There's not much more I can say that the below articles don't say much, much more clearly, so I'll just post a link to this article.
The question is: Did Jesus want to avoid the cross? When he said 'not my will but yours be done', was he actually wavering in his commitment to the mission he had been sent to earth for, and most willingly?
Not only did Jesus repeatedly acknowledge that his death would come to pass, he also repeatedly stated his confident commitment to dying on behalf of sinners. Jesus rebuked the Pharisees just before his last trip to Jerusalem, challenging them, "Go tell that fox [Herod], 'I will drive out demons and heal people today and tomorrow, and on the third day I will reach my goal.' In any case I must keep going today and tomorrow and the next day - for surely no prophet can die outside Jerusalem" (Luke 13:32-33).Read the rest of the article here.
After Jesus's resurrection he rebuked two of his disciples for failing to understand the necessity of his death, burial and resurrection, saying, "How foolish you are, and how slow of heart to believe all that the prophets have spoken! Did not the Christ have to suffer these things and then enter his glory?" Even though Christ said this after his resurrection, there is no reason to believe that he came to this conviction after his struggle in the Garden. In fact, he clearly says that even the disciples should have always known the inevitability of the cross because of the prophets. If he held the disciples accountable for what the prophets said, how much more would he, the very One of whom they prophesied, (5) be held accountable?
In fact, the crucifixion of Christ is the gospel (1 Corinthians 15:1-4). The gospel without the cross is no gospel at all (1 Cor. 2:2). Jesus concluded his commission of the disciples with this confident focus: "This is what is written: The Christ will suffer and rise from the dead on the third day, and repentance and forgiveness of sins will be preached in his name to all nations, beginning at Jerusalem" (Luke 24:46-47).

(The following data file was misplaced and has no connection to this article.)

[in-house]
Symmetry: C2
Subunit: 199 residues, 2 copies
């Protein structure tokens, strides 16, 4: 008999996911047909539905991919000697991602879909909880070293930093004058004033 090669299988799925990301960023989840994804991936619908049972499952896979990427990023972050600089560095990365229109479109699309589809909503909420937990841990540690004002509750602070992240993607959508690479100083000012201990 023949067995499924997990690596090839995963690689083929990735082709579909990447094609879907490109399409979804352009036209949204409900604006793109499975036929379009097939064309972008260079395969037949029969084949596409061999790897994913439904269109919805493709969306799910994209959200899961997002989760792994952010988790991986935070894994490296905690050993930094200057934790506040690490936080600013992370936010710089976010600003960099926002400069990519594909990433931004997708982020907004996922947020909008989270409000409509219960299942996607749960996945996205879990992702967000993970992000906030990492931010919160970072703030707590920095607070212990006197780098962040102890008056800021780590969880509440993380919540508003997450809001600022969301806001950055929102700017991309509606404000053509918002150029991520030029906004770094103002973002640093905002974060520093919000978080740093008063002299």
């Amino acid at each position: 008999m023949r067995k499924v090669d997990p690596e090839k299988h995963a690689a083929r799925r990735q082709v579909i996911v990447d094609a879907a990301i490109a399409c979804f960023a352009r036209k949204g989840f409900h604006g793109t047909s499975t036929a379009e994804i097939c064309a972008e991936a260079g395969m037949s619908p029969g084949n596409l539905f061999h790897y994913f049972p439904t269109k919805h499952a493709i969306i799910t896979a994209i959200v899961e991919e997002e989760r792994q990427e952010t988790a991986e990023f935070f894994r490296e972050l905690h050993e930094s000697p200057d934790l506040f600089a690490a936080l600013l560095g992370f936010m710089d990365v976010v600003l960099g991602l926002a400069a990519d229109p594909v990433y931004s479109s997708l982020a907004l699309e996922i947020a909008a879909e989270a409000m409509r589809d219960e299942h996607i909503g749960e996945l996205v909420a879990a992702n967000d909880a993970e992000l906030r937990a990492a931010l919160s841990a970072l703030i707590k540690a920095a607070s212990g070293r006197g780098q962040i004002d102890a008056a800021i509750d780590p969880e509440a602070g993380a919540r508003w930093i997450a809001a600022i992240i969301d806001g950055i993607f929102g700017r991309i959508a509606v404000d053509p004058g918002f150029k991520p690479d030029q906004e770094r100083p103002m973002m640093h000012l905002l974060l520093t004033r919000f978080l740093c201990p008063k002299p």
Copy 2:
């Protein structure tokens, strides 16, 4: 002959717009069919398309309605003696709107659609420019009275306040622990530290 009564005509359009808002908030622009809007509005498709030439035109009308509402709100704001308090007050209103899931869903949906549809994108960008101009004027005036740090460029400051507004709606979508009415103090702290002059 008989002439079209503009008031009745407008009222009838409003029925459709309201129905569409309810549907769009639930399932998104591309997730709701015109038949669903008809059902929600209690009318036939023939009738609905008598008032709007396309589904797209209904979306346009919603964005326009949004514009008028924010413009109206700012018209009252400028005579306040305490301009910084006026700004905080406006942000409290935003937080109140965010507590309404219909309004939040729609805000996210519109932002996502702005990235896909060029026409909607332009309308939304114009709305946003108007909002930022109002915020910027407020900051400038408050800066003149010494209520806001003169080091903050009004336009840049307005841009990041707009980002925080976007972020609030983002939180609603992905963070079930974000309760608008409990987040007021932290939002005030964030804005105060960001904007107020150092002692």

Still not convinced?
...In the garden Jesus said that He was about to die; in Hebrews we are told that He was praying to the One "...able to save Him from death..." We are also told that the Father heard His prayer. Obviously this does not mean that God simply "heard" Him. It is a basic truth that God "hears" everything, why state it in this passage? But when God heard Jesus, it means that the Father answered Jesus' prayer. Jesus had said the Father always heard His prayers.Read the rest of the article here.
The Father heard His prayer because of His piety, holiness. Jesus was obedient unto death. Once He became aware of His need to die on the cross, He never wavered. He never looks for an escape. He was obedient, obedient to death, even death on the cross. His was not a hesitating obedience but a holy, joyful, whole-hearted obedience. He did not look for a way out of His calling...ever. We cannot judge His obedience by the obedience which we see in others and maybe see in ourselves. His obedience was perfect, from the heart, unwavering, joyful. We should not think of His pure obedience in the light of our anemic obedience.
And finally, if all that is too complicated, or too in depth for you to follow, this man says it pretty succinctly (though without all the Scriptural evidence of the above articles).
...The Bible teaches that Jesus’ vision never stalled-out on death. Jesus saw right through the cross to the resurrection on the other side. You and I may fear death, but Jesus never did. You and I may doubt God’s purposes in suffering, but Jesus never did. Ever! What was definitive for Jesus was the joy set before Him, not death....Read the rest of the article here.
The model that Jesus gives us is not that he had doubts and fears like we do. The model that He gives us is perfection. We don’t ever have to give in to doubt and to fear. Doubt and fear have no place in those who are trusting in the promises of the God who resurrects from the dead, and they certainly never had any place in Jesus.